By ERNIE GOTTA
On Sunday, June 14, hundreds of youth rallied in Woodstock, Conn., against police brutality and in solidarity with the Black Lives Matter movement. The rally was organized by a group of high school students inspired by recent mobilizations.
Woodstock, like other rural towns in Connecticut, is almost entirely white and still maintains a strong connection to its roots as a farming community. It has also historically been a hub of far-right-wing activity. Almost immediately after posting about the rally on social media, organizers received threats from far-right-wing groups. The Oath Keepers, Three Percenters, and KKK are all known to operate in and around Woodstock.
Protests in urban centers like Minneapolis, Seattle, and New York City are well known, but what do workers, farmers, and students in mostly white communities think? In this interview, Ernie Gotta talks with Kyle Spalding, a Marine Corps veteran, a union cook, and 8th-generation Woodstock resident. Kyle helped organize peace marshals for the action, calling on union, veteran, and social justice groups to help defend the rally from any possible threats.
Ernie Gotta: Can you talk about the complex history of racism in Woodstock, Conn., the presence of the KKK, and why the Black Lives Matter action was significant?
Kyle Spalding: Woodstock started off as most colonial towns did, by eradicating the presence of Native Americans throughout the town. The town of Woodstock was settled by white folks and has stayed well over 90% white since then. In the early 1900s, there was a Ku Klux Klan rally that had 3000 people from all over the state show up. This rally was larger than the town’s population. Towns south of this one are confirmed “SunDown” towns, which is the name of a town where it was legal to murder Black people after the sun went down. The practice of “Sundown” towns came about because [after] the abolition of slavery, whites in this county were horrified of living peacefully with people of color.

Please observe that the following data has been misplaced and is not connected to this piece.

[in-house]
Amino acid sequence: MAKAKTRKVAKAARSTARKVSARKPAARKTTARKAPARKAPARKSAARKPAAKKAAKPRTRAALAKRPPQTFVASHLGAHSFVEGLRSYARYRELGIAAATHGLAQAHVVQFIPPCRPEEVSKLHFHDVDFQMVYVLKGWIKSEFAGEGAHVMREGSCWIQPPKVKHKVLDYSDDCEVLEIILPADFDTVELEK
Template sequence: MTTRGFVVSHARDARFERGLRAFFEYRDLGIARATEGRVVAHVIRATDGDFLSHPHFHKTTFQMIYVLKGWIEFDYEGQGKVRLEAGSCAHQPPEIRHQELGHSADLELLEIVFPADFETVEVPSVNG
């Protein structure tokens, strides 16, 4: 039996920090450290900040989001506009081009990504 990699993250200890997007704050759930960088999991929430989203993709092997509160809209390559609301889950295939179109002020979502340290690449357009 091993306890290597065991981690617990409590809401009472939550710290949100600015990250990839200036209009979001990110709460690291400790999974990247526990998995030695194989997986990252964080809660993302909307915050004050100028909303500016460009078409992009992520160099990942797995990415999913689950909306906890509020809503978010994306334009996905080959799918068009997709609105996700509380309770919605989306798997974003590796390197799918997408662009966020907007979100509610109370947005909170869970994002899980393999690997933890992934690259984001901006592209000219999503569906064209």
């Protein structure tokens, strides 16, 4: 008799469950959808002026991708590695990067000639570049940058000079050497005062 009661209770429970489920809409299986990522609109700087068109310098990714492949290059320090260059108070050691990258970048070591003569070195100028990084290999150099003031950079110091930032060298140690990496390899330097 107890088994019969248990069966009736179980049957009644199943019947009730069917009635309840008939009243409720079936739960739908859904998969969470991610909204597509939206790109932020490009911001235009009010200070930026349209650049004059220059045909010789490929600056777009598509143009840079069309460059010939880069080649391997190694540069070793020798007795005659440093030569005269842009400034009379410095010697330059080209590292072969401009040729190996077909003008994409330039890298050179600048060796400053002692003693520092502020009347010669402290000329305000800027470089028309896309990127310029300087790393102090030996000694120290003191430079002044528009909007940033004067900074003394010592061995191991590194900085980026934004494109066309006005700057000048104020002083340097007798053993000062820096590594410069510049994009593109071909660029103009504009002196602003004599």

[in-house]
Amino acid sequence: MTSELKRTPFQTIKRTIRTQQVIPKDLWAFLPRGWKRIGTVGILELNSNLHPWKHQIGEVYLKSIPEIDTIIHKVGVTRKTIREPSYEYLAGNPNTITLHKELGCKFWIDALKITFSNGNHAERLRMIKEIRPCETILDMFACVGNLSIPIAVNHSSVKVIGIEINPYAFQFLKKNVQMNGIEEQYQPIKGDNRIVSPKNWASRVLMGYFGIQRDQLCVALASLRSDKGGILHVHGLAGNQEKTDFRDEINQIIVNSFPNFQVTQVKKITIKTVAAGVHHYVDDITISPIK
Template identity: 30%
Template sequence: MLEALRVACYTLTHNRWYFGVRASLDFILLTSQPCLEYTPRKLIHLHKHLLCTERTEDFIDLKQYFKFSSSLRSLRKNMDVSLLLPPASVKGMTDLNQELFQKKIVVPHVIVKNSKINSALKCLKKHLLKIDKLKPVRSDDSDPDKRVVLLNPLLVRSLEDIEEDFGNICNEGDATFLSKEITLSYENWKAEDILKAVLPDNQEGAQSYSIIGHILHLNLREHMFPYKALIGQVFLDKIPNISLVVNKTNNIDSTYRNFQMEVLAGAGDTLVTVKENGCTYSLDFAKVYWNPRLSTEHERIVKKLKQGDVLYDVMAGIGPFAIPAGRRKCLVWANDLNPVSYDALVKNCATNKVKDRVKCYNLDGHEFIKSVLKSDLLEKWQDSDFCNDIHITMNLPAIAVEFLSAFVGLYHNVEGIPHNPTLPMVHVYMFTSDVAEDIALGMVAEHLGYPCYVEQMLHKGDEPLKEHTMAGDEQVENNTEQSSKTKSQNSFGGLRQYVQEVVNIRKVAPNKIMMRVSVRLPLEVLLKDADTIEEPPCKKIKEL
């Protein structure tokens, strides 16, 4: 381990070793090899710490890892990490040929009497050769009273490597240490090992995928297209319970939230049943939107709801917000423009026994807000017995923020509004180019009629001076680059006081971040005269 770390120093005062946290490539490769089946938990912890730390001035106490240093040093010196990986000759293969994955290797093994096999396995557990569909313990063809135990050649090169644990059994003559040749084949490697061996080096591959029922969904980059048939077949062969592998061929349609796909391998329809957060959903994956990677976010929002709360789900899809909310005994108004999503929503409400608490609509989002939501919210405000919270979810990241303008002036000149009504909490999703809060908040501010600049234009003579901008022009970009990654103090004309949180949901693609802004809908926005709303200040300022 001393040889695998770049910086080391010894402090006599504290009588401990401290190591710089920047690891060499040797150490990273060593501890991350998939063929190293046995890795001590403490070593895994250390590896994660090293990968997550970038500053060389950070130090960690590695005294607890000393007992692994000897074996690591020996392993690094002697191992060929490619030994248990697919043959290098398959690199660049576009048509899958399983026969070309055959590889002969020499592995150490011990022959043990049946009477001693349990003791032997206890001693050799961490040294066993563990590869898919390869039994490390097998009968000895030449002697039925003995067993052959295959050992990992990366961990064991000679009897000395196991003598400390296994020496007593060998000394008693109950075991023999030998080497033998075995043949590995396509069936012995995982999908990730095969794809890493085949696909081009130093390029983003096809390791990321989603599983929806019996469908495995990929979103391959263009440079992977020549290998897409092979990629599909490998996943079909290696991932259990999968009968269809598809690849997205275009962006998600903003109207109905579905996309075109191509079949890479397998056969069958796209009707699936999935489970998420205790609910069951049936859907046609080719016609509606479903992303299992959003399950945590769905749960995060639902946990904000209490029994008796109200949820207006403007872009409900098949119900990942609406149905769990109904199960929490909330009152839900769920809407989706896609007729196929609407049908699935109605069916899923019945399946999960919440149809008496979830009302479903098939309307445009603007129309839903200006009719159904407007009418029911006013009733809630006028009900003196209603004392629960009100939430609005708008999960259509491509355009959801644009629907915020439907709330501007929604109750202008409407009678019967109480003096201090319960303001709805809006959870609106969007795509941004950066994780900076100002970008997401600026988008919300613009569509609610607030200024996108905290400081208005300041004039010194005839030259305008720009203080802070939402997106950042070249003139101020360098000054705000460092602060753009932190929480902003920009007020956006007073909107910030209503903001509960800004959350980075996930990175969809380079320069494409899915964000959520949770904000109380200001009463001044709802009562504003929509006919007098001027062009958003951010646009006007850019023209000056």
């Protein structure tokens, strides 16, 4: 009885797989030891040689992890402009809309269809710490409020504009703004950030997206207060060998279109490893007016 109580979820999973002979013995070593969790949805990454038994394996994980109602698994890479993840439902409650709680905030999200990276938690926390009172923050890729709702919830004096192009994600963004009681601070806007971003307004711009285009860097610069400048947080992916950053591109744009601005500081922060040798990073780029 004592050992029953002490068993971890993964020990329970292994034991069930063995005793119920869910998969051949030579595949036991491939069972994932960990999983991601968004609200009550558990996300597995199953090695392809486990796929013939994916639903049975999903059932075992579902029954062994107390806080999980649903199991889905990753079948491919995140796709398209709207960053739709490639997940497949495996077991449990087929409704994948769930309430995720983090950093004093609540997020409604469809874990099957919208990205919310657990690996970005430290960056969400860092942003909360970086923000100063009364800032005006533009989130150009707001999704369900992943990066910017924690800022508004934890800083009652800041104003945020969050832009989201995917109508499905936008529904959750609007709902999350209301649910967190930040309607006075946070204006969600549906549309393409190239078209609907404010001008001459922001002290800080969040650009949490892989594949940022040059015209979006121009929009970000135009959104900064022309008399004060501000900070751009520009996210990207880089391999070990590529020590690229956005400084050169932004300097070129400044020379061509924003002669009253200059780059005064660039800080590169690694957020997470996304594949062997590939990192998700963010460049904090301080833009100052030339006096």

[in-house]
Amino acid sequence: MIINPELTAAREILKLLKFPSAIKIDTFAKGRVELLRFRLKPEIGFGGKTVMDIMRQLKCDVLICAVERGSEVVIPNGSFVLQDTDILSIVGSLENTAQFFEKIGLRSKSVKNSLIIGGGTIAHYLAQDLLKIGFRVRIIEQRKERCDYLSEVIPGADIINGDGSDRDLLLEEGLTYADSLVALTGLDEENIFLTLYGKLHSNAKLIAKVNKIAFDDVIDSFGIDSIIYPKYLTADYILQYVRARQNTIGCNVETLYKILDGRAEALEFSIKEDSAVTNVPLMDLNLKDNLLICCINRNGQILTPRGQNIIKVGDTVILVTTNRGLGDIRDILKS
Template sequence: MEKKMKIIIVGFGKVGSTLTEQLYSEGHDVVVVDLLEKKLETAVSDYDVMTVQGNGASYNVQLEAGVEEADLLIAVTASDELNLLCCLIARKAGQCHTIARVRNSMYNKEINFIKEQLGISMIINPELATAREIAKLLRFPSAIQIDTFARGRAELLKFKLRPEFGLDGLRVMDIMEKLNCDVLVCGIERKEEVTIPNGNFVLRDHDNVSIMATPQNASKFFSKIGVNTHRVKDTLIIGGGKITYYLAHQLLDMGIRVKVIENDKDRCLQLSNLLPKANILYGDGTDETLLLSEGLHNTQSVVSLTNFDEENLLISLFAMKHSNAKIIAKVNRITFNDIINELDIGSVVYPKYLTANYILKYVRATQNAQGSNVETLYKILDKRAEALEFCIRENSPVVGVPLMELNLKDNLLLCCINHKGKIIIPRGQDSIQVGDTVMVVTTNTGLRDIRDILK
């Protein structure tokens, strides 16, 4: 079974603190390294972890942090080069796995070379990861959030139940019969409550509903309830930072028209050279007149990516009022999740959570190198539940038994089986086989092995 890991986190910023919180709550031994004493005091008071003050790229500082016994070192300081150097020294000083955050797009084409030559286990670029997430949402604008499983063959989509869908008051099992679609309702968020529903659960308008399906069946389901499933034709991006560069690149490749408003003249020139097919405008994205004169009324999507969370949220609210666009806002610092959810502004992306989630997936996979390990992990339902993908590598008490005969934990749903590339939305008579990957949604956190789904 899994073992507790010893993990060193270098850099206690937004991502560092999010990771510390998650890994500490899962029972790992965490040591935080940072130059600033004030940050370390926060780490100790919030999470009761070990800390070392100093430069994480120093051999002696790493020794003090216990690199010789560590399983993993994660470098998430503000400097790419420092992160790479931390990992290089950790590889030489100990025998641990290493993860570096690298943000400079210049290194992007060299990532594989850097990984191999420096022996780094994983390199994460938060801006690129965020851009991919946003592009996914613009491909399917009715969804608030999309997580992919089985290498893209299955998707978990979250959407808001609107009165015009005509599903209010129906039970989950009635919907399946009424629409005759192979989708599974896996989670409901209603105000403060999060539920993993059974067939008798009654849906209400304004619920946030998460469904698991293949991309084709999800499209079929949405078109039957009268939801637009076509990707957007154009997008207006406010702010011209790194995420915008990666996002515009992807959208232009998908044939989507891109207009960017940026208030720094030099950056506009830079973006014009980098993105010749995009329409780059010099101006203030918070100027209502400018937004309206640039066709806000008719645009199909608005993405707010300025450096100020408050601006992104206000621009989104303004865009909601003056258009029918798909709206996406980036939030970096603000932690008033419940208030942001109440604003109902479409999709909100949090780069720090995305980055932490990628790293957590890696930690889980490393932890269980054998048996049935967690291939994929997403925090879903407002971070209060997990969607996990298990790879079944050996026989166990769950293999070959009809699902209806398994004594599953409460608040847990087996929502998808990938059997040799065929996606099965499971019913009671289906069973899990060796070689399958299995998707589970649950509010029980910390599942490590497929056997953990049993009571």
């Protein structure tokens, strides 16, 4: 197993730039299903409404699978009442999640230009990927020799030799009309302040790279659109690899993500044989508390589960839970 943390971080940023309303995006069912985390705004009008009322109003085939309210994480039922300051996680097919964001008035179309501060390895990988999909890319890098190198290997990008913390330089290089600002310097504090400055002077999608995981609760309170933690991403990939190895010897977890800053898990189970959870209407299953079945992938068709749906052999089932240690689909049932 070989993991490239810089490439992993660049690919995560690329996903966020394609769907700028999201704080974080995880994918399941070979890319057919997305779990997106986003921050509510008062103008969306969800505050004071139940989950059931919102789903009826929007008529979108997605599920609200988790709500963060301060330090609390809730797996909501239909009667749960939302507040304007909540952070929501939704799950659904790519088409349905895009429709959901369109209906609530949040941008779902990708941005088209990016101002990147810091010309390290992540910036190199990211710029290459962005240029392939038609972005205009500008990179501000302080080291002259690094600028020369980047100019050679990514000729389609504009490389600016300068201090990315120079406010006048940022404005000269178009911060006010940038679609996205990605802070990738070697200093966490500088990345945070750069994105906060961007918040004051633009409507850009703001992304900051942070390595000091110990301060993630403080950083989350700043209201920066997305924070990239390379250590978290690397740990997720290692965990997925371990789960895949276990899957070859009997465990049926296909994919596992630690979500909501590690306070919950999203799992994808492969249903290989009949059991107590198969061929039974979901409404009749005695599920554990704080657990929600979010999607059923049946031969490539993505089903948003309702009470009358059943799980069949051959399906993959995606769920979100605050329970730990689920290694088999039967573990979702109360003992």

It is assumed by locals today that we were never a “Sundown” town because there were so many of these towns to the south of us that the locals never felt the practice was necessary. As recently as 1992, there was a KKK rally in the neighboring town of Putnam, with at least 30 attendees. The cause for the rally was the KKK defending a student from Putnam who was suspended for using the “N” word to a Black student’s face.
To my recollection there has never been a public anti-racist protest of any kind in Woodstock. Racism runs deep here still, but the fact that we had at least 400 people from the local area take a public stand against racism shows a massive shift in how people feel about living in a racist society. Never in my lifetime would I have imagined such a powerful and inclusive message being sent by this town.
The majority of attendees were students for the local high school, Woodstock Academy, and that is a fantastic sign of our future and where things are heading. If Black Lives Matter can get such fantastic support here in Woodstock, then I believe there is not a single town in Connecticut where racism cannot be challenged. We are the least dense town in the state, a rural white community, and challenging racism here means it can be challenged anywhere.